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back to article Curiosity Mars rover flashes pics of GREY drilled powder sample

Mars rover Curiosity has beamed back pics of what lies beneath the surface of the Red Planet, whose rosy complexion turns out to be just skin-deep. First Curiosity drilling sample in the scoop The sample drilled out of Martian rock by the mobile science lab appears to be a blue-grey powder, visible in the robot arm's open …

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Unhappy

Am I the only person...

... who think they should send a rover to mars simply to take same damn good pictures and explore? You know, visit some of the canyons, Olympus Mons etc? Drilling into rocks and finding out precise types and isotopes is very scientifically diligent but frankly, for most people its about as exciting as watching astroturf grow.

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Re: Am I the only person...

I still hold the belief that they should just send up a bunch of tiny robots. Literally remote control cars or similar. Send them out, with cameras, let them wander off.

The big science missions really need to focus on one thing, and they need to find the best place to do that (i.e. best rock, best strata, etc.). Sending out a bunch of tiny mobile robots with cameras, controlled by some primitive lander that can talk to them on NASA's behalf. If they break? So what, there's others. If they get stuck, leave them or get the others to help them out. If they find something interesting (e.g. that "metal object" crap the other week), swarm over the site from all angles with all nearby units.

You would cover so much more ground in so much more detail, for much less cost (and, hell, piggyback on the back of a "proper" mission if you like) and it would be good for actually *exploring* the planet. You could even let a few schools sponsor / control one of their bots each, etc. And because the build quality doesn't have to be enormous, you can send a lot more than you would be able to otherwise. The rovers covered more ground and more science than they were ever intended to, and I think a cheap swarm of tiny automated things would be able to find a lot more interesting stuff out.

We literally shoot darts at a planet and hope the things that look interesting turn out to be interesting when we're close up. I'm still hoping for a piggyback-mission that basically consists of a box which, dropped on an empty bit of the planet away from anything "serious" has a dozen or more little remote control solar-powered cars with cameras on that then wander off to do whatever they want. Maybe you could even blacklist areas of special scientific interest to stop them interfering with existing missions if you want.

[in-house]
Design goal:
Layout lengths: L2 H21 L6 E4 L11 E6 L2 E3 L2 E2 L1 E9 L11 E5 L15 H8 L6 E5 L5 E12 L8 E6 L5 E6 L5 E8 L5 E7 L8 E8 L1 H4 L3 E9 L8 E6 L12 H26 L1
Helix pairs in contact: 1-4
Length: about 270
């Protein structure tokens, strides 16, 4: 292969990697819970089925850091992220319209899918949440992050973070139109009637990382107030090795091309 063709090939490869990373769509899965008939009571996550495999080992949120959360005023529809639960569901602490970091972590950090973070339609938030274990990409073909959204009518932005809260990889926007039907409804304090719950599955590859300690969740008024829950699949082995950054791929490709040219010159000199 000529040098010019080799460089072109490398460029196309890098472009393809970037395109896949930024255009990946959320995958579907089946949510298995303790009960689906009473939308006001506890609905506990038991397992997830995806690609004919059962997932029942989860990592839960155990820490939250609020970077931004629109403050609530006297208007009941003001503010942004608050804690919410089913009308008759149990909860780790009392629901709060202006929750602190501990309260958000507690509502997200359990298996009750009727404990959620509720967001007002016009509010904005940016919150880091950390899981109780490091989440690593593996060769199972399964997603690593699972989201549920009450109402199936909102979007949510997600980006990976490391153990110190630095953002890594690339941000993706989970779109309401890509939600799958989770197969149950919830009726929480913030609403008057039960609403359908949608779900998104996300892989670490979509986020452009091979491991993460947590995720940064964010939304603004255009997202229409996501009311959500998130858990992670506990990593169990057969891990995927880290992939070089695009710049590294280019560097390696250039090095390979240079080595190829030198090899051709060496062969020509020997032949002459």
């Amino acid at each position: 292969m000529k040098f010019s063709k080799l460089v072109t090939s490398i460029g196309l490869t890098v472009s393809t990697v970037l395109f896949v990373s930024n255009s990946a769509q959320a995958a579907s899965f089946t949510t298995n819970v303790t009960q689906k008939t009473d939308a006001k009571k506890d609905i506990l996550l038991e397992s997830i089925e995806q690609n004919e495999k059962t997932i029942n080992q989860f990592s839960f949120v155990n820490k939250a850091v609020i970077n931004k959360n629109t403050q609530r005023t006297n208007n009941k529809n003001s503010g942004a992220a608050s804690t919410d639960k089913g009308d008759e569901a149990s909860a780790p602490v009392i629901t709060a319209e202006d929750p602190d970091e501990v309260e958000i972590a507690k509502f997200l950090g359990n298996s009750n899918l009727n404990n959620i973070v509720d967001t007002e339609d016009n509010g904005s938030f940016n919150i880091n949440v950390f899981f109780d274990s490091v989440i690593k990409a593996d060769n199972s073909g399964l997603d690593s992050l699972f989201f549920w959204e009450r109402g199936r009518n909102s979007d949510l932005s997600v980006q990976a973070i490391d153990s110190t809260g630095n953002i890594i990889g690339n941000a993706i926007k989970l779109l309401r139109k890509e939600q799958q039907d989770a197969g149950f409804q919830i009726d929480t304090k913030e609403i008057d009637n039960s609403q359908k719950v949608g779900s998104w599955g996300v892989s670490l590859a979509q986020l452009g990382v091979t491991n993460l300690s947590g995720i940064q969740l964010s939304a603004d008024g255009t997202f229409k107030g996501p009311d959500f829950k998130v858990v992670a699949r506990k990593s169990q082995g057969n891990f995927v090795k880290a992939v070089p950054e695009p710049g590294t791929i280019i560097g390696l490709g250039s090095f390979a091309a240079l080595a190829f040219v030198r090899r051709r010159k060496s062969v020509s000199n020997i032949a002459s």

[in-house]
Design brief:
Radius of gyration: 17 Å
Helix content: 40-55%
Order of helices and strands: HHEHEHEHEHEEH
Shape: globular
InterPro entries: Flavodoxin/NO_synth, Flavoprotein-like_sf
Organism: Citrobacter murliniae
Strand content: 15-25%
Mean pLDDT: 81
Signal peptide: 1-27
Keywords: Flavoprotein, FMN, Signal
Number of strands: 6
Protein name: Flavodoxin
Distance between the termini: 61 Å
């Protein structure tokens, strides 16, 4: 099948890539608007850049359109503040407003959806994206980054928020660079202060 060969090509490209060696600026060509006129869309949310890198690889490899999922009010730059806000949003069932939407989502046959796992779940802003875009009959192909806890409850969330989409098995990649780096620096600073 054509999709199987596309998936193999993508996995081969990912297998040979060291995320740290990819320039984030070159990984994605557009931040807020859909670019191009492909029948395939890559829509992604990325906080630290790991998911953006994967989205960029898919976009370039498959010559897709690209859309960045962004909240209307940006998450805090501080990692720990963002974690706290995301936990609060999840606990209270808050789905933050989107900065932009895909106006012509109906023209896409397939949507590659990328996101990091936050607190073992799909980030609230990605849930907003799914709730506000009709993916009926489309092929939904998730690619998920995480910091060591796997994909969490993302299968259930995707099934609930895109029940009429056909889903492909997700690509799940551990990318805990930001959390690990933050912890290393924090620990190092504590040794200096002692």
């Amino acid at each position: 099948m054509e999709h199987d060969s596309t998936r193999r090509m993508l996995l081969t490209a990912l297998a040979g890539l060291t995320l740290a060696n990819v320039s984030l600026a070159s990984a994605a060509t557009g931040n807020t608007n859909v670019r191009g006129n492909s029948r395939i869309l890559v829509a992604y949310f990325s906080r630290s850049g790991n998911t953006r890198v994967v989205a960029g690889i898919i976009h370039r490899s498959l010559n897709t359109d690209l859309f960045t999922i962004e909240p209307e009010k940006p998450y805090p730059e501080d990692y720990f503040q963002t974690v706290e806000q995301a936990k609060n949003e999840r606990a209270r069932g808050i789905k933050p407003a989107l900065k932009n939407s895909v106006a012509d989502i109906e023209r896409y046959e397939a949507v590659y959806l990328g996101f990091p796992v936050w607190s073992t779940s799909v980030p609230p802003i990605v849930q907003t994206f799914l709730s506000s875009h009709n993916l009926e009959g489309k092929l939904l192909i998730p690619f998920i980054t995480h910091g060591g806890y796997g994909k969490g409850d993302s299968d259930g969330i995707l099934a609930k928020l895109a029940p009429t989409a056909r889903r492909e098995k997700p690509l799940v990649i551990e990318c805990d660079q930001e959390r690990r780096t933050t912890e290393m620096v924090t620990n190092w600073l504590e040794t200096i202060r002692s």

I think the biggest problem, though, is really contamination. It would basically be impossible after that to tell if something found was native to the planet or introduced.

The science is interesting. But there's a factor of exploration, involvement, funding, and even just keeping people interested. I find the Curiosity rover too boring and slow to bother to keep track of. Sure, I'd like to hear they found something, but I found Spirit and Opportunity much more interesting. And at some point science will have to give way to politics, engineering, habitation, etc. Somewhere in-between I think is the sweet-spot for just letting a bunch of people lose on the planet to find all those quirky little things that we can't see and won't be able to touch properly for centuries.

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Re: Am I the only person...

Could be sponsored by Google Mars ? Craterview would be so much more fun than streetview.

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404
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Re: Am I the only person...

Was just commenting to the wife about the clarity of that pic - just like somebody was standing outside the rover and resisted instagram..

Would be a beautiful thing though.

Second thought: send a DRONE to mars and let it take some pics!

;)

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Meh

Re: Am I the only person...

"take same damn good pictures and explore?"

Ummm... that's what the robot-laser-tank is doing too, y'know?

"for most people its about as exciting as watching astroturf grow."